Just as the movie cameras are capturing images of our historic Terminal Station, an old service garage located at Third and Plum Streets, plus the store fronts situated in an area of Second and Cherry Streets, ironically, Macon City Council has to deal with dilapidated houses.
The movie makers came to town several months ago and recognized the prospects in transforming choice facades into what will simulate the airport in New Orleans, a Pensacola Greyhound bus station and a midtown New York City business establishment, circa 1946.
As great as the properties originally appeared, construction crews associated with the movie “42,” a story about baseball great Jackie Robinson spent the better part of two weeks giving each site curb appeal.
Honestly, the brick veneer at Third and Plum hasn’t looked this good in decades. Amazing what a few people, brooms and fresh paint can do to even a broken-down car repair shop.
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While elected officials are attempting to resolve the issue of abandoned and decrepit houses and plywood and brick walls that are less than appealing on sidewalks of local eateries, perhaps the Hollywood “make-over” may be the impetus that helps commercial and residential downtown property owners consider a spruce up to the area.
It appears the majority of City Council, Planning and Zoning and Economic & Community Development understand that the standards and codes have to be enforced when it comes to residential properties. Question is: will they implement the codes?
About $375,000 is in the upcoming budget, beginning July 1, that would be used to tear down empty houses. While not totally sufficient, it would be a good start, if implemented. Charlotte Woody, Macon’s property inspection manager, told Appropriations Committee members that at least 1,500 houses are already condemned and ready for the bulldozers.
Even if inspectors enforce city codes, that still does nothing to help establish ownership or locate those owners who have skipped-out on maintaining their properties. And up until this point, the city of Macon codes provide miniscule measures in dealing with banks that do not adequately preserve any of these properties they have on their books, failed to foreclose or have sold the mortgages to investors that remain anonymous.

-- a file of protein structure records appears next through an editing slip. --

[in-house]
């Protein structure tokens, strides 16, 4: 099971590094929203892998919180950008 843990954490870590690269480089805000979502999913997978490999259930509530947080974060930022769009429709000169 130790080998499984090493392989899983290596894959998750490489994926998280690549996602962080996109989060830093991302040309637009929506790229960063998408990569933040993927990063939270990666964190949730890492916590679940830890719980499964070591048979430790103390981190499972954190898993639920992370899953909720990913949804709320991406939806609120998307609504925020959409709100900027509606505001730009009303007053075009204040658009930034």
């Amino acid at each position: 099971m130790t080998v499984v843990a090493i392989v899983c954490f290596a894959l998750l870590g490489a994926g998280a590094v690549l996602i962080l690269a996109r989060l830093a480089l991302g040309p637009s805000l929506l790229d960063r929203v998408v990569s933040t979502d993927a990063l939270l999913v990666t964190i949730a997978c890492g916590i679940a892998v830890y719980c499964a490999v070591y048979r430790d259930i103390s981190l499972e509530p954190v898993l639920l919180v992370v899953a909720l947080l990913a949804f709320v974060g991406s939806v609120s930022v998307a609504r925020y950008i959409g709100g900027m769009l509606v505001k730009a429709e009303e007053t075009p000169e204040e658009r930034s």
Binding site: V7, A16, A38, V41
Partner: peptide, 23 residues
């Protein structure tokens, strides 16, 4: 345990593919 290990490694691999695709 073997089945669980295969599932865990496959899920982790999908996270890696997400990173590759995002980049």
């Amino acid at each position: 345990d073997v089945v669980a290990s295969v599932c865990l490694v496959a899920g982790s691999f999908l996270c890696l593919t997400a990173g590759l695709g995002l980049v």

Because there is an obvious cost associated with destroying the houses I would hope members of City Council would insist that we get more aggressive in the future to prevent the decay we now deal with in some of Macon’s most depressed neighborhoods. To avoid extreme situations in the future, it might be prudent that we take pointers from a DeKalb County code enforcement officer who recently cited 120 homeowners in one neighborhood because of weathered paint.
According to a news story from Channel 2 Action News in Atlanta, the notices instructed residents in the Marbut Commons subdivision to paint their houses or face fines of up to $1,000 and 60 days in jail. Naturally, a county commissioner has gotten involved. DeKalb Commissioner Lee May wants to see what can be done to make sure homes are up to code and no one faces fines or jail time.
The DeKalb County story coincides with the issues of code in Macon. Locally, if we are ever going to clean-up the ruins, our code enforcement will have to be supported by officials inside and outside the city limits. Now if the majority of city officials will insist on flattening the deserted houses rather than wishing and hoping someone, somewhere may have the dollars to revitalize we may begin to see real change to our cityscape.
With the creative vision Hollywood has helped cast by reminding us we can look good, a new level of energy at the Keep Macon-Bibb Beautiful organization, plus City Council’s renewed interests in cleaning-up the disgraceful shanty’s, this is the ideal time to radically change our community’s desirability.
Kenny Burgamy serves as a marketing consultant and is co-host of the Kenny B. Charles E., TV, radio and Internet program and is a marketing consultant for NewTown Macon.